Ch6- Contestable Markets

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What is the theory of contestable markets?
the threat of new entry might affect the conduct of incumbent firms i.e. the number of firms in a market is not the most important factor, its the absence of barriers to entry and the level of sunk costs.
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Who was the idea developed by and when? What did he argue?
W.J. Baumol in 1980s. Argued that the benefits of perfect competition could be achieved without all the conditions being met, as long as the market could be made contestable.
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What is an incumbent?
the existing firm in an industry
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What is a sunk cost?
costs that are non-recoverable on leaving the market e.g. capital equipment and advertising
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What is free entry?
assumes all firms, including incumbents and new entrants have access to the same technology and hence have the same costs curve, therefore meaning new firms aren't prohibited from entry by incumbents exploiting economies of scale
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Define free exit
No sunk costs and when it leaves the industry a firm can fully recover all of its previous investment expenditure including all money spent on advertising and building up knowledge
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What are the three features of a contestable market?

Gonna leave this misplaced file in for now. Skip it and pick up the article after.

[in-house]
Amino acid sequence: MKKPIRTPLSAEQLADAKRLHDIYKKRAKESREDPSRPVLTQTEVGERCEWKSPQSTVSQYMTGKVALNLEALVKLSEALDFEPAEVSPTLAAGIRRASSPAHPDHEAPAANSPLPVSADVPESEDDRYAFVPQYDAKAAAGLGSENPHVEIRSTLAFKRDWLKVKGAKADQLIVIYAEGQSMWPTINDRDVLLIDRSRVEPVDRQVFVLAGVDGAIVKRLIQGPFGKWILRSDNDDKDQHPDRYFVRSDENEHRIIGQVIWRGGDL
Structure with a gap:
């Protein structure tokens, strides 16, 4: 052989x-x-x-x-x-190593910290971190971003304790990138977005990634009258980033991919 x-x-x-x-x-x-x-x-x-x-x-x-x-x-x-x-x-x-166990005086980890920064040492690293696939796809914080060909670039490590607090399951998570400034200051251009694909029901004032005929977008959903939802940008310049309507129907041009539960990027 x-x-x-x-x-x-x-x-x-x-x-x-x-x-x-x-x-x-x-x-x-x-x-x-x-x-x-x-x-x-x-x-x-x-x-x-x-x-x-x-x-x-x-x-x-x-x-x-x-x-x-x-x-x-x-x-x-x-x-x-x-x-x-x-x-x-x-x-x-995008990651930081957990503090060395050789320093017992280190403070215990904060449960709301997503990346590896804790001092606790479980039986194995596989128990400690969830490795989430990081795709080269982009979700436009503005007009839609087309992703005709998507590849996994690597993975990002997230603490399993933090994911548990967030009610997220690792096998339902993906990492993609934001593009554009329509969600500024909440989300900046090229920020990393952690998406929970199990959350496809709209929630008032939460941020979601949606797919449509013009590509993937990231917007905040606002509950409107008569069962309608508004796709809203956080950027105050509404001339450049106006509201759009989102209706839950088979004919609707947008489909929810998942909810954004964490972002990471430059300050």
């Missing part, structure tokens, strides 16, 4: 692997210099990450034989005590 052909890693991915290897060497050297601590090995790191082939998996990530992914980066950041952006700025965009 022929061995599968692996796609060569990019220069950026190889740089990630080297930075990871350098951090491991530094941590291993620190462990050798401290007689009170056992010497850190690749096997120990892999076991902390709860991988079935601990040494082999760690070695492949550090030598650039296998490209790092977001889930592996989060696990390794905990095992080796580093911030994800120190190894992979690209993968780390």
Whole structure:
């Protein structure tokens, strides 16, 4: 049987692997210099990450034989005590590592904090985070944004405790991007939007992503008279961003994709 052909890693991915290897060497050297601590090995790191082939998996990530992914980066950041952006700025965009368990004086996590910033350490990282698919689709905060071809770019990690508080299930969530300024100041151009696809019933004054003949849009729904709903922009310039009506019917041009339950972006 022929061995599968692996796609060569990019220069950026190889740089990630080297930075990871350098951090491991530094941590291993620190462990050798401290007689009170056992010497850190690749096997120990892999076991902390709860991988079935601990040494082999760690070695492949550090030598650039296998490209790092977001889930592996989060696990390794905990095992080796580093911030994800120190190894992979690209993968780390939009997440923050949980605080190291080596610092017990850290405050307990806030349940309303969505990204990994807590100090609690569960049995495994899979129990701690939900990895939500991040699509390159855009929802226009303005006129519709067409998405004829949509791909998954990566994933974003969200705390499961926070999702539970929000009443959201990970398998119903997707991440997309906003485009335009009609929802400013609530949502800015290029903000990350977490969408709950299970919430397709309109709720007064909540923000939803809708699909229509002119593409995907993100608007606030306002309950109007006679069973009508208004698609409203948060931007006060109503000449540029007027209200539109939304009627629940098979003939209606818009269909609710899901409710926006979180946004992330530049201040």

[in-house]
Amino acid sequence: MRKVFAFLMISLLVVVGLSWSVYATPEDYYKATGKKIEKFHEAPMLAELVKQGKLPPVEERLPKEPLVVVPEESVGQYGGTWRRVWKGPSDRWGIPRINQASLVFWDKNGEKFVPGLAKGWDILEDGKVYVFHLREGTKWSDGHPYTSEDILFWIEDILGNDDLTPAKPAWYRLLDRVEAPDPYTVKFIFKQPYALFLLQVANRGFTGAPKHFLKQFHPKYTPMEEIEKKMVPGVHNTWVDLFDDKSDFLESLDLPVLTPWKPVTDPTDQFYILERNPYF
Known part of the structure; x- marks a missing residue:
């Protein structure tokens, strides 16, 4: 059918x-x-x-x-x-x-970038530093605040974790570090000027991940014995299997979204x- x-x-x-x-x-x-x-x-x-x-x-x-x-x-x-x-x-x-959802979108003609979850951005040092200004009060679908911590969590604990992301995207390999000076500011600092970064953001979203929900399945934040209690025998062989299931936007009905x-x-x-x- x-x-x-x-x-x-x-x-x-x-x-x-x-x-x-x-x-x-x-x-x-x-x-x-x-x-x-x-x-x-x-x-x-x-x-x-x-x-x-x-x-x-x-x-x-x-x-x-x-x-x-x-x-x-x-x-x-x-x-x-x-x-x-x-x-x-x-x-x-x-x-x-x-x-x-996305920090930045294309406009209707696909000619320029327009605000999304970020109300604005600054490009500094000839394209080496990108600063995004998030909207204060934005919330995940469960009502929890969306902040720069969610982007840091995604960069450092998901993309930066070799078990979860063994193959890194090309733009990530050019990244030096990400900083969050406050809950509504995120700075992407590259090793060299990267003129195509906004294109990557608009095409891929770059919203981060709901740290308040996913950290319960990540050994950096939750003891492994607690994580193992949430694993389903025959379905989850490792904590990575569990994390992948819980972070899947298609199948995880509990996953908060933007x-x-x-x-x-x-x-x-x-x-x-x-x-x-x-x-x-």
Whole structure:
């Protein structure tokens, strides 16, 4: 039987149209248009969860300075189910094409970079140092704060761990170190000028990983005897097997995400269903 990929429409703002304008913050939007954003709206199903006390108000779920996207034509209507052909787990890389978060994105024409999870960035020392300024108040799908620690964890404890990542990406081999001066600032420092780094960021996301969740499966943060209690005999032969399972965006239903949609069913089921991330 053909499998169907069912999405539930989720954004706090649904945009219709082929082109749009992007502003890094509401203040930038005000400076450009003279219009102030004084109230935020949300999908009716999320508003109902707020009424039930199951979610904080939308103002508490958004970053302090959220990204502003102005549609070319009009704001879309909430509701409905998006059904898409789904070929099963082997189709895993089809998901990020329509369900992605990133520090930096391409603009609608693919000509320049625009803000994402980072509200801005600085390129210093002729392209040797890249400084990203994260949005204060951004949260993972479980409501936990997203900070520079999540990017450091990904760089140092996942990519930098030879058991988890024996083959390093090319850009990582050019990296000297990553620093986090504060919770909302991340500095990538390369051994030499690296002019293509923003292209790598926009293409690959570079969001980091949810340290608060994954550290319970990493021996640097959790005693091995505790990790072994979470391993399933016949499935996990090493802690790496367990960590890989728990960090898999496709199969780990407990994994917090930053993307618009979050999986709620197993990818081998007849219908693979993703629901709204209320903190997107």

1)Low entry and exit barriers, particularly sunk costs (free entry + exit) 2)The potential for post-entry supernormal profit for new firms 3)Perfect Information- the ability and legal right to use the best production technology available
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Name 3 factors affecting contestability
1) privatisation + deregulation 2)second hand markets- where these are thriving start up costs are lowered and more of outlay can be resold if firm decides to leave market
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Give 3 ways a firm will conduct itself in an oligopolistic market
1)entry limit pricing 2)building artificial barriers to entry 3)hit and run entry
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What is entry limit pricing?
incumbent firms price at a lower level than would create maximum profits in the short-run in order to deter new entrants (they are attracted to supernormal profits)
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Why would a firm in a contestable market build artificial barriers to entry?
it would permit them to charge higher prices and make more profit without attracting new entry.